Alex Martinez:
Yeah, I’m really excited to see how the faculty’s efforts to apply the Curricular Approach to the Institute plays out this year. A ton of intentionality around creating our own educational priority learning goals and outcomes and looking at different engagement strategies. So, you’re going to see different opportunities for learning in the track sessions. That’s one of the ways. We know that lots of learning happens through showcases. You’re going to see that as well. Faculty consults are there and available as well. We’re doing some Institute showcase, some bigger highlights of different work happening on different campuses. We have keynote speakers. We’re also having curriculum dialogue circles this year, which is really a really exciting engagement strategy that we are trying this year, where faculty members are going to be helping facilitate dialogue between participants around topics that are relevant to them and that are within the context.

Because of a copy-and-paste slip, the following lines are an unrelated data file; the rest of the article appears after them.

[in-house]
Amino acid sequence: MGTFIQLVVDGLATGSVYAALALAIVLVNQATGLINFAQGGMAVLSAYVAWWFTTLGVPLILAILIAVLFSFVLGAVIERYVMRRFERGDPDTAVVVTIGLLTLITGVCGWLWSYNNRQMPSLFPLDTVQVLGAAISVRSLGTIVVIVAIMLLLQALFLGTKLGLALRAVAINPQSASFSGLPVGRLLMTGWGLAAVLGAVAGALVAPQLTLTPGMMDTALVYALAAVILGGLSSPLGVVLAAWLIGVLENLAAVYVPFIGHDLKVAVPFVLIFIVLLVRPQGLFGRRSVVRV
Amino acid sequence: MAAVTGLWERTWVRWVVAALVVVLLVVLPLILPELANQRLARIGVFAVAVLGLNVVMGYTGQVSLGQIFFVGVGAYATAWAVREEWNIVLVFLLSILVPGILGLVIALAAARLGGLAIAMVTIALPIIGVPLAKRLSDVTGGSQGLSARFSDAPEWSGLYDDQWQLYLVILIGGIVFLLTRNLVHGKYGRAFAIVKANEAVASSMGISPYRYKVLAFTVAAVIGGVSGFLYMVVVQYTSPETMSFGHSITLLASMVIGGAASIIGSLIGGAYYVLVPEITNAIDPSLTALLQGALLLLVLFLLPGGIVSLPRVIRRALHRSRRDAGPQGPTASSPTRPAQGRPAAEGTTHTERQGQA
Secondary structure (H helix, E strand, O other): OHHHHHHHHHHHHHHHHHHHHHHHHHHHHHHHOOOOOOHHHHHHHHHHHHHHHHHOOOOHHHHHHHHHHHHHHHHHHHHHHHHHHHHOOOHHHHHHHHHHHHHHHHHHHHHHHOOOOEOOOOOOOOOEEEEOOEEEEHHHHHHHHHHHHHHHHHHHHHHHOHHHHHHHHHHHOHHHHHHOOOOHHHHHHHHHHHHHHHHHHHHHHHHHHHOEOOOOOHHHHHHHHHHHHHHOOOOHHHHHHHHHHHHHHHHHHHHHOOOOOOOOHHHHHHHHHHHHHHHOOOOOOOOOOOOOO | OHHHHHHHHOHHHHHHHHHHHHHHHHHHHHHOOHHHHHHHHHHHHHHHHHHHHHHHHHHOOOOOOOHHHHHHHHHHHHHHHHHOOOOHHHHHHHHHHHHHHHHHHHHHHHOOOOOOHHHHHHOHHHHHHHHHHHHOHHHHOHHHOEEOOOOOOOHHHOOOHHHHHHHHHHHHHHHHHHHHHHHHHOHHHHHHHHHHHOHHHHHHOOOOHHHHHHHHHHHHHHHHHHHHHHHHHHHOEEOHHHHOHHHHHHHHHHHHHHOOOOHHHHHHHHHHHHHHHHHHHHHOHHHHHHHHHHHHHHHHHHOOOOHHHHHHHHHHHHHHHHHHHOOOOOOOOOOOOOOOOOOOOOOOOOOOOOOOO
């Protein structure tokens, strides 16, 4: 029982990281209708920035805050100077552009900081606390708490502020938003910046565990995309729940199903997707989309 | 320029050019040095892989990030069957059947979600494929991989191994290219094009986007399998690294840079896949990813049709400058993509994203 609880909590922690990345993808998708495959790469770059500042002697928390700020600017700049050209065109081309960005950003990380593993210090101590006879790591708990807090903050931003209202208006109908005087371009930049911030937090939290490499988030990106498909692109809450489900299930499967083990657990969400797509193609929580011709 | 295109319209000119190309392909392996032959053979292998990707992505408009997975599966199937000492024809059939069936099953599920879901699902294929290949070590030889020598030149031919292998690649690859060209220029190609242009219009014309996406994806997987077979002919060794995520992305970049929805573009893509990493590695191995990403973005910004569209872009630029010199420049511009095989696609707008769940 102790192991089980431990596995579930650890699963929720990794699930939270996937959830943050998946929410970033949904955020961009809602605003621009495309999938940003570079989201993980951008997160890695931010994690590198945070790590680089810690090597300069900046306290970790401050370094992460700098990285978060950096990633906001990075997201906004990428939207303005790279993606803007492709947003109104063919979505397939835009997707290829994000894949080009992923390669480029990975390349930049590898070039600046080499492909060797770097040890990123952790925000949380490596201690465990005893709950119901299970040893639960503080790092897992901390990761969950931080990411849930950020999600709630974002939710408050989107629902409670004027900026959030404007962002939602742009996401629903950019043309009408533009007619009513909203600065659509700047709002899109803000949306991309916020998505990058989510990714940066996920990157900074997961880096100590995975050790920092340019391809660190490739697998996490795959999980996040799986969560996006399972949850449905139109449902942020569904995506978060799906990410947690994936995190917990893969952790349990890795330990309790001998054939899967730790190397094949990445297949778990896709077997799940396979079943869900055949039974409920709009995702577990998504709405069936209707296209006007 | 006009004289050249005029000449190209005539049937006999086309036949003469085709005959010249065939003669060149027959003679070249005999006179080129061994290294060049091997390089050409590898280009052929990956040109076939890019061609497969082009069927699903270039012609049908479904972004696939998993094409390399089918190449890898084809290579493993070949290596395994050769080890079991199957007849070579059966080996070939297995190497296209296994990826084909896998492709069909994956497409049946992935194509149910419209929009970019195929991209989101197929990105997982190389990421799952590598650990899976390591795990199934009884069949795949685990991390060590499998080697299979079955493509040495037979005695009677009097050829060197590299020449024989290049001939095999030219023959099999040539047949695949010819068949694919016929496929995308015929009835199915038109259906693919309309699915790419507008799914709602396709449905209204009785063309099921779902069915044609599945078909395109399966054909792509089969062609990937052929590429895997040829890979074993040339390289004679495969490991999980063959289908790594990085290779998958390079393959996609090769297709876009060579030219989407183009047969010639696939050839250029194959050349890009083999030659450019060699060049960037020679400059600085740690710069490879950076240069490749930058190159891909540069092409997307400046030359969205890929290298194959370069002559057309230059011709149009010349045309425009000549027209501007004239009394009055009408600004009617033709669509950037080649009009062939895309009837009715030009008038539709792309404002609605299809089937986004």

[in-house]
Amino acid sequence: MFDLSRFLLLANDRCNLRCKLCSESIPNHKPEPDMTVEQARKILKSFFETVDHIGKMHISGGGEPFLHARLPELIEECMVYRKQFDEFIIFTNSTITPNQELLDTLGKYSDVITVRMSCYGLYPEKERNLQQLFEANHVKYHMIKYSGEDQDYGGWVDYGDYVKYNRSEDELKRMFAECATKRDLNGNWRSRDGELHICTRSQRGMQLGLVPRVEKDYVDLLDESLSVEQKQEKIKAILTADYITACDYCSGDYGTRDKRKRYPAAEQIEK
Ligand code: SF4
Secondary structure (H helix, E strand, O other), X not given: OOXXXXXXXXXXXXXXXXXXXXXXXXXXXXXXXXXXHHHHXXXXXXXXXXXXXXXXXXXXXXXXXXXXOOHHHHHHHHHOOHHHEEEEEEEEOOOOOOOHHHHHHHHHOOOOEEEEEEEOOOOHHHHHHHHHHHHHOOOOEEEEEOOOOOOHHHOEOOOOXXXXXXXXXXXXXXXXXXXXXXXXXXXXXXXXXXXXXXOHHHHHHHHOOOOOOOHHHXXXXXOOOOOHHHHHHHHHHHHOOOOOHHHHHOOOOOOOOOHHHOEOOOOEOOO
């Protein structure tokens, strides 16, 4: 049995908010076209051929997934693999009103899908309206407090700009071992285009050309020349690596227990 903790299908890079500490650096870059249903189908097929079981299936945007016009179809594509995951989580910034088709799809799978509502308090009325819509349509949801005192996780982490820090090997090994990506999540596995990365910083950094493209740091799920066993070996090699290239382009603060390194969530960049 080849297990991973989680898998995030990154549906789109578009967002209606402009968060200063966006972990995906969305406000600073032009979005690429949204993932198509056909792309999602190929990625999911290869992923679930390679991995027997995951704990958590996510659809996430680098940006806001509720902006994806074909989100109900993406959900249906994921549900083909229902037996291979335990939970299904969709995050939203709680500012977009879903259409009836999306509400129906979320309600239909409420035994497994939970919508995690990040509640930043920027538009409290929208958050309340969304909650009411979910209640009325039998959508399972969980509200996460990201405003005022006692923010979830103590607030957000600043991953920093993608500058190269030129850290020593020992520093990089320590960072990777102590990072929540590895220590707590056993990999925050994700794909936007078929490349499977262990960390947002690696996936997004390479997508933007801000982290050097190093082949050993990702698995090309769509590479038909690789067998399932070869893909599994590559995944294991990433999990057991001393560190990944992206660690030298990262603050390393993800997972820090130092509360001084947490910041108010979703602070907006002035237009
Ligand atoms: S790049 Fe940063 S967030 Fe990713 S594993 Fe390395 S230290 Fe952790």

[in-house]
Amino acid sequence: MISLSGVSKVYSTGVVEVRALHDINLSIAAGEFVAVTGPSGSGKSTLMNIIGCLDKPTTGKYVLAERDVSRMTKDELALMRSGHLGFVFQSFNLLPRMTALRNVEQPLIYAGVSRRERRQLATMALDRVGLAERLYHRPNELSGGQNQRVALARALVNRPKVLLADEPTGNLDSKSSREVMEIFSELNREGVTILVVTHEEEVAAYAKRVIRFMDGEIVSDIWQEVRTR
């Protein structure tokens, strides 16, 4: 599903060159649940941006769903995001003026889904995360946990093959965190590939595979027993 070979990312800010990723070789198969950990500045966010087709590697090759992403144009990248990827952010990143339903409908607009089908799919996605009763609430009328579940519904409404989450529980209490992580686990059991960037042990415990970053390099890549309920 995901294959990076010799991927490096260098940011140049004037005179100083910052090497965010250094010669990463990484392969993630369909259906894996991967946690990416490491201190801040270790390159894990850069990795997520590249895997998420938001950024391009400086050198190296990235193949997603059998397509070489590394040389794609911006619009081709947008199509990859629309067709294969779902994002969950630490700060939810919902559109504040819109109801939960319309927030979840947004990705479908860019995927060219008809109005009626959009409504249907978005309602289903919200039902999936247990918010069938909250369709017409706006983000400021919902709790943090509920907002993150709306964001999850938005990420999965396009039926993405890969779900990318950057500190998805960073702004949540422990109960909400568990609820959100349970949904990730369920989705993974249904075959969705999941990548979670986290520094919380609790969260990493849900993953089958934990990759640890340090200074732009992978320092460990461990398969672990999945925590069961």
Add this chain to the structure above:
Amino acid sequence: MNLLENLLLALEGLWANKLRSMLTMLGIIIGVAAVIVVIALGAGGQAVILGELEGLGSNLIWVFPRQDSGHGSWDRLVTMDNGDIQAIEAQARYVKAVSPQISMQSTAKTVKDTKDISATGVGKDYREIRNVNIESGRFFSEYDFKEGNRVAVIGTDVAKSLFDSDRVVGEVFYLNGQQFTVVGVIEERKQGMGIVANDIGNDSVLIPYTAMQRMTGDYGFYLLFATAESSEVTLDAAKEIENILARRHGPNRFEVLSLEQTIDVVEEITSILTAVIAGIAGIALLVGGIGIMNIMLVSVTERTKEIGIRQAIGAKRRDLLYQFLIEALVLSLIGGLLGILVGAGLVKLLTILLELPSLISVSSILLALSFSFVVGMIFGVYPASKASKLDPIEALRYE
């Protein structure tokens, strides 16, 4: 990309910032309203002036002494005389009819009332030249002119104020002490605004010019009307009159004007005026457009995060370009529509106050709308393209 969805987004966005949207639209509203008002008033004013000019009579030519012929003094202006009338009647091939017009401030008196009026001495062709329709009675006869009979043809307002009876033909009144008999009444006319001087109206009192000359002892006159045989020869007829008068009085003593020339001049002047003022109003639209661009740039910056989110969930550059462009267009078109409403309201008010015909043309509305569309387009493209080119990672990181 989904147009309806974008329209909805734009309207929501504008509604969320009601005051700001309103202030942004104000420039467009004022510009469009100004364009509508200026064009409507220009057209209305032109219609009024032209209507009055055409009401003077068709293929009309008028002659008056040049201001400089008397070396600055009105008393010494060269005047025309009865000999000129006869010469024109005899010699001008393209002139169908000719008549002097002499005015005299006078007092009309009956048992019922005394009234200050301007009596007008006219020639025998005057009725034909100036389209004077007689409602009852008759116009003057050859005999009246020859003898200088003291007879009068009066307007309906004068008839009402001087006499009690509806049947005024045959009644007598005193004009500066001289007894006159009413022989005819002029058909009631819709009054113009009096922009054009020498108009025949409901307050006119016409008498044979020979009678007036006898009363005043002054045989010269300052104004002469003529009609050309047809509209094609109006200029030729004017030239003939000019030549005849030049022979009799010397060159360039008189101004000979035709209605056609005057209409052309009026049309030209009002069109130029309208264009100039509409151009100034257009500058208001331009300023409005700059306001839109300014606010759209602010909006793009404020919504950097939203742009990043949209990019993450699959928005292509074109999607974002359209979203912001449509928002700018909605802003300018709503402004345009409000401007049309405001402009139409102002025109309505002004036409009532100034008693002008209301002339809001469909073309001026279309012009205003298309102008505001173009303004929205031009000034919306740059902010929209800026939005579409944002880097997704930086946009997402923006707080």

So, we’re trying to be responsive as well. We know that the Curricular Approach is iterative, and we are trying to do that ourselves with the Institute. And so we are really excited to see how this effort that our brilliant faculty have done to create a Curricular Approach in the Institute particular shows up in Long Beach. We are just thrilled and excited to try this, and excited to do that with other folks who are attending.

Dustin Ramsdell: